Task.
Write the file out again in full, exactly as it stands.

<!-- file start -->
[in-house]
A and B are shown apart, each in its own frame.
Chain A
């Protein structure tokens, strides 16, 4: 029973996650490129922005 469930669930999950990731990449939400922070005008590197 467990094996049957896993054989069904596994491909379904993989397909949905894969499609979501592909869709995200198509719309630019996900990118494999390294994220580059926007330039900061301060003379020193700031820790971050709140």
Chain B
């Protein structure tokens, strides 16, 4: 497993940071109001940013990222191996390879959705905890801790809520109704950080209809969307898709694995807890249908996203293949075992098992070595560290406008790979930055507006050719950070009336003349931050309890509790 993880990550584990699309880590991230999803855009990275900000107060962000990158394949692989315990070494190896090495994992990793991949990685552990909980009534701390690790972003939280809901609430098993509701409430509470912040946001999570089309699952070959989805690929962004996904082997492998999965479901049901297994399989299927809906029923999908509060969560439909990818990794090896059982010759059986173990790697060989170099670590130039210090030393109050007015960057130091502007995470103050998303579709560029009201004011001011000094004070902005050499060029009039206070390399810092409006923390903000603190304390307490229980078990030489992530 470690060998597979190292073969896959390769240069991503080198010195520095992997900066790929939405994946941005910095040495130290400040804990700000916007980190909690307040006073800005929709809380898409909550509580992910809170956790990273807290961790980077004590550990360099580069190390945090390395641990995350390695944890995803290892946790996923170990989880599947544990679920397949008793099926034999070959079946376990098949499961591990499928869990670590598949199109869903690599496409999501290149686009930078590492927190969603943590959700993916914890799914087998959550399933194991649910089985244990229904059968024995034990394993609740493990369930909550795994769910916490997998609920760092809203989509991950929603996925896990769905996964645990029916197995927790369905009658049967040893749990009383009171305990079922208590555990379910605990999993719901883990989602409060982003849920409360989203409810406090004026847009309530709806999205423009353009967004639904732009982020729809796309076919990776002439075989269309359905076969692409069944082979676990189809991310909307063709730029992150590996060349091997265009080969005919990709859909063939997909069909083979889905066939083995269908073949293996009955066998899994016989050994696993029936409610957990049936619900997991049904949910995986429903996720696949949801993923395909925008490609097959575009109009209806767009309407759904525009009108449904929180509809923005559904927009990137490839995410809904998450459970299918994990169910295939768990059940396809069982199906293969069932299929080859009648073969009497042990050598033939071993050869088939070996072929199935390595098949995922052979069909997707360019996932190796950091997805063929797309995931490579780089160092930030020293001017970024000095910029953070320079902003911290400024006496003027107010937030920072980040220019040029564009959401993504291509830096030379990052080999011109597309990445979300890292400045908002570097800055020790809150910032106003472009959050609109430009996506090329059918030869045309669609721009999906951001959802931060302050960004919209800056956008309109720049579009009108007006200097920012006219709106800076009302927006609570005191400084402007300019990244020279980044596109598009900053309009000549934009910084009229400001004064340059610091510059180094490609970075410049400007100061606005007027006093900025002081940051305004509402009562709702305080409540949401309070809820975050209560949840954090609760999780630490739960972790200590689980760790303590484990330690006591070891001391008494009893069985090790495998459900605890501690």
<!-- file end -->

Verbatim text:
[in-house]
A and B are shown apart, each in its own frame.
Chain A
């Protein structure tokens, strides 16, 4: 029973996650490129922005 469930669930999950990731990449939400922070005008590197 467990094996049957896993054989069904596994491909379904993989397909949905894969499609979501592909869709995200198509719309630019996900990118494999390294994220580059926007330039900061301060003379020193700031820790971050709140």
Chain B
């Protein structure tokens, strides 16, 4: 497993940071109001940013990222191996390879959705905890801790809520109704950080209809969307898709694995807890249908996203293949075992098992070595560290406008790979930055507006050719950070009336003349931050309890509790 993880990550584990699309880590991230999803855009990275900000107060962000990158394949692989315990070494190896090495994992990793991949990685552990909980009534701390690790972003939280809901609430098993509701409430509470912040946001999570089309699952070959989805690929962004996904082997492998999965479901049901297994399989299927809906029923999908509060969560439909990818990794090896059982010759059986173990790697060989170099670590130039210090030393109050007015960057130091502007995470103050998303579709560029009201004011001011000094004070902005050499060029009039206070390399810092409006923390903000603190304390307490229980078990030489992530 470690060998597979190292073969896959390769240069991503080198010195520095992997900066790929939405994946941005910095040495130290400040804990700000916007980190909690307040006073800005929709809380898409909550509580992910809170956790990273807290961790980077004590550990360099580069190390945090390395641990995350390695944890995803290892946790996923170990989880599947544990679920397949008793099926034999070959079946376990098949499961591990499928869990670590598949199109869903690599496409999501290149686009930078590492927190969603943590959700993916914890799914087998959550399933194991649910089985244990229904059968024995034990394993609740493990369930909550795994769910916490997998609920760092809203989509991950929603996925896990769905996964645990029916197995927790369905009658049967040893749990009383009171305990079922208590555990379910605990999993719901883990989602409060982003849920409360989203409810406090004026847009309530709806999205423009353009967004639904732009982020729809796309076919990776002439075989269309359905076969692409069944082979676990189809991310909307063709730029992150590996060349091997265009080969005919990709859909063939997909069909083979889905066939083995269908073949293996009955066998899994016989050994696993029936409610957990049936619900997991049904949910995986429903996720696949949801993923395909925008490609097959575009109009209806767009309407759904525009009108449904929180509809923005559904927009990137490839995410809904998450459970299918994990169910295939768990059940396809069982199906293969069932299929080859009648073969009497042990050598033939071993050869088939070996072929199935390595098949995922052979069909997707360019996932190796950091997805063929797309995931490579780089160092930030020293001017970024000095910029953070320079902003911290400024006496003027107010937030920072980040220019040029564009959401993504291509830096030379990052080999011109597309990445979300890292400045908002570097800055020790809150910032106003472009959050609109430009996506090329059918030869045309669609721009999906951001959802931060302050960004919209800056956008309109720049579009009108007006200097920012006219709106800076009302927006609570005191400084402007300019990244020279980044596109598009900053309009000549934009910084009229400001004064340059610091510059180094490609970075410049400007100061606005007027006093900025002081940051305004509402009562709702305080409540949401309070809820975050209560949840954090609760999780630490739960972790200590689980760790303590484990330690006591070891001391008494009893069985090790495998459900605890501690």